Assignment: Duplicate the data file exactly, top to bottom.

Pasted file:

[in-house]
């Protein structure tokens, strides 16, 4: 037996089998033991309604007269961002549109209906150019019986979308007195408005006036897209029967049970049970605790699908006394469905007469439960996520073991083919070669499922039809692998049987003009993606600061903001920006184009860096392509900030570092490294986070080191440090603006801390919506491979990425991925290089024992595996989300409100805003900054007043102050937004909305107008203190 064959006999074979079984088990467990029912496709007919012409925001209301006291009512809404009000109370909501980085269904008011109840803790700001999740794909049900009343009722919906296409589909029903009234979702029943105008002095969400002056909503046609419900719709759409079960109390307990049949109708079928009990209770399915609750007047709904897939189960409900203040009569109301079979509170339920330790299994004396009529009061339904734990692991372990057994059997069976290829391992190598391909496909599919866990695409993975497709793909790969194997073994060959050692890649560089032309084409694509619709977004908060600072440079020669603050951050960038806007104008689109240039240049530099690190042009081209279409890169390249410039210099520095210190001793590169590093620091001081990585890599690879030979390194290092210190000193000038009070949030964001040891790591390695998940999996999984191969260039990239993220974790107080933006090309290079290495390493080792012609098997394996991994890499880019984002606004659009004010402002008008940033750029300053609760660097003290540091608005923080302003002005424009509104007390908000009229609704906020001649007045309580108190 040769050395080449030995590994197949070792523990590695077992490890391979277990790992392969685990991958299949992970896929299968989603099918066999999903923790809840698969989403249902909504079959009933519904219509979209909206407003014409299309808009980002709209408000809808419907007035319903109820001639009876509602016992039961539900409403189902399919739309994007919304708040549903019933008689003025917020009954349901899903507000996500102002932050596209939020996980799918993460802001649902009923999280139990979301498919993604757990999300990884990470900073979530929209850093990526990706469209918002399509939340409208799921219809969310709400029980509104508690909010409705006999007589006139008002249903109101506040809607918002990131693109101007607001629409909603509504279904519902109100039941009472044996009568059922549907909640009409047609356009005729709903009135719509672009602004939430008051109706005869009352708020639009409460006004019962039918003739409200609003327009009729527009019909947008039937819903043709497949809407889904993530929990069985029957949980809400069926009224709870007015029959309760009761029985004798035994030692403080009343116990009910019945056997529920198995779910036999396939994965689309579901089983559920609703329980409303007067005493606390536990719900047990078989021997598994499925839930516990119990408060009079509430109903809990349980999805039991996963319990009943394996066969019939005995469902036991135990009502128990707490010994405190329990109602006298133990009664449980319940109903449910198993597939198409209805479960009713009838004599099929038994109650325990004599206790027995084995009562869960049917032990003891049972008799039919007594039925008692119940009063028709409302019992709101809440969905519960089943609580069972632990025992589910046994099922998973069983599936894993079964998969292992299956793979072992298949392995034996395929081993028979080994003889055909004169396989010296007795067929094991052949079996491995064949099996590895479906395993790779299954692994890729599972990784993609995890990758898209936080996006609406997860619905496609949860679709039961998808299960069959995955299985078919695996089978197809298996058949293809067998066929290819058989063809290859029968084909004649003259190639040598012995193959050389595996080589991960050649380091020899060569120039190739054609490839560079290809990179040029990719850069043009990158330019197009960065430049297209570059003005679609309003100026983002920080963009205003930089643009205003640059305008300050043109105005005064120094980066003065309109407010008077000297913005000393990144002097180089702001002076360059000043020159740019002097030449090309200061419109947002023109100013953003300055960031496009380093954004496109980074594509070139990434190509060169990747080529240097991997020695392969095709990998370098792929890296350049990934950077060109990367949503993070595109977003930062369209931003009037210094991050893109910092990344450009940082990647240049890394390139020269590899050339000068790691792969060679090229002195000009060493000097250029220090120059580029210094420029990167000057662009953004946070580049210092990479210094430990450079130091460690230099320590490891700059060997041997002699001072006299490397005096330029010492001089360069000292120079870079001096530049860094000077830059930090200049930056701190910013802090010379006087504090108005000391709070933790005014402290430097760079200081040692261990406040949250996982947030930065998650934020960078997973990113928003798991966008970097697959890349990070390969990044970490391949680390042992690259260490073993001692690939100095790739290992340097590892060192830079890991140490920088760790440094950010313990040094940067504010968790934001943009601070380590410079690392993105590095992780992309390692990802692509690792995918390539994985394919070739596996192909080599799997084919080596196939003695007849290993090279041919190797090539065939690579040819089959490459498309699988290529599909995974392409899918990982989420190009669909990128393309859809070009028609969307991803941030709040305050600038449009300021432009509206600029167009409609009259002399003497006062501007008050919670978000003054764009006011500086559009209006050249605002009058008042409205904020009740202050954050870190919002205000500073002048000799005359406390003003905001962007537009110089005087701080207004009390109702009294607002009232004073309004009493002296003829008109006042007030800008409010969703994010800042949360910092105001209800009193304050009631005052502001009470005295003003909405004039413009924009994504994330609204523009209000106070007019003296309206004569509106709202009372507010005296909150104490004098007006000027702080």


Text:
[in-house]
């Protein structure tokens, strides 16, 4: 037996089998033991309604007269961002549109209906150019019986979308007195408005006036897209029967049970049970605790699908006394469905007469439960996520073991083919070669499922039809692998049987003009993606600061903001920006184009860096392509900030570092490294986070080191440090603006801390919506491979990425991925290089024992595996989300409100805003900054007043102050937004909305107008203190 064959006999074979079984088990467990029912496709007919012409925001209301006291009512809404009000109370909501980085269904008011109840803790700001999740794909049900009343009722919906296409589909029903009234979702029943105008002095969400002056909503046609419900719709759409079960109390307990049949109708079928009990209770399915609750007047709904897939189960409900203040009569109301079979509170339920330790299994004396009529009061339904734990692991372990057994059997069976290829391992190598391909496909599919866990695409993975497709793909790969194997073994060959050692890649560089032309084409694509619709977004908060600072440079020669603050951050960038806007104008689109240039240049530099690190042009081209279409890169390249410039210099520095210190001793590169590093620091001081990585890599690879030979390194290092210190000193000038009070949030964001040891790591390695998940999996999984191969260039990239993220974790107080933006090309290079290495390493080792012609098997394996991994890499880019984002606004659009004010402002008008940033750029300053609760660097003290540091608005923080302003002005424009509104007390908000009229609704906020001649007045309580108190 040769050395080449030995590994197949070792523990590695077992490890391979277990790992392969685990991958299949992970896929299968989603099918066999999903923790809840698969989403249902909504079959009933519904219509979209909206407003014409299309808009980002709209408000809808419907007035319903109820001639009876509602016992039961539900409403189902399919739309994007919304708040549903019933008689003025917020009954349901899903507000996500102002932050596209939020996980799918993460802001649902009923999280139990979301498919993604757990999300990884990470900073979530929209850093990526990706469209918002399509939340409208799921219809969310709400029980509104508690909010409705006999007589006139008002249903109101506040809607918002990131693109101007607001629409909603509504279904519902109100039941009472044996009568059922549907909640009409047609356009005729709903009135719509672009602004939430008051109706005869009352708020639009409460006004019962039918003739409200609003327009009729527009019909947008039937819903043709497949809407889904993530929990069985029957949980809400069926009224709870007015029959309760009761029985004798035994030692403080009343116990009910019945056997529920198995779910036999396939994965689309579901089983559920609703329980409303007067005493606390536990719900047990078989021997598994499925839930516990119990408060009079509430109903809990349980999805039991996963319990009943394996066969019939005995469902036991135990009502128990707490010994405190329990109602006298133990009664449980319940109903449910198993597939198409209805479960009713009838004599099929038994109650325990004599206790027995084995009562869960049917032990003891049972008799039919007594039925008692119940009063028709409302019992709101809440969905519960089943609580069972632990025992589910046994099922998973069983599936894993079964998969292992299956793979072992298949392995034996395929081993028979080994003889055909004169396989010296007795067929094991052949079996491995064949099996590895479906395993790779299954692994890729599972990784993609995890990758898209936080996006609406997860619905496609949860679709039961998808299960069959995955299985078919695996089978197809298996058949293809067998066929290819058989063809290859029968084909004649003259190639040598012995193959050389595996080589991960050649380091020899060569120039190739054609490839560079290809990179040029990719850069043009990158330019197009960065430049297209570059003005679609309003100026983002920080963009205003930089643009205003640059305008300050043109105005005064120094980066003065309109407010008077000297913005000393990144002097180089702001002076360059000043020159740019002097030449090309200061419109947002023109100013953003300055960031496009380093954004496109980074594509070139990434190509060169990747080529240097991997020695392969095709990998370098792929890296350049990934950077060109990367949503993070595109977003930062369209931003009037210094991050893109910092990344450009940082990647240049890394390139020269590899050339000068790691792969060679090229002195000009060493000097250029220090120059580029210094420029990167000057662009953004946070580049210092990479210094430990450079130091460690230099320590490891700059060997041997002699001072006299490397005096330029010492001089360069000292120079870079001096530049860094000077830059930090200049930056701190910013802090010379006087504090108005000391709070933790005014402290430097760079200081040692261990406040949250996982947030930065998650934020960078997973990113928003798991966008970097697959890349990070390969990044970490391949680390042992690259260490073993001692690939100095790739290992340097590892060192830079890991140490920088760790440094950010313990040094940067504010968790934001943009601070380590410079690392993105590095992780992309390692990802692509690792995918390539994985394919070739596996192909080599799997084919080596196939003695007849290993090279041919190797090539065939690579040819089959490459498309699988290529599909995974392409899918990982989420190009669909990128393309859809070009028609969307991803941030709040305050600038449009300021432009509206600029167009409609009259002399003497006062501007008050919670978000003054764009006011500086559009209006050249605002009058008042409205904020009740202050954050870190919002205000500073002048000799005359406390003003905001962007537009110089005087701080207004009390109702009294607002009232004073309004009493002296003829008109006042007030800008409010969703994010800042949360910092105001209800009193304050009631005052502001009470005295003003909405004039413009924009994504994330609204523009209000106070007019003296309206004569509106709202009372507010005296909150104490004098007006000027702080």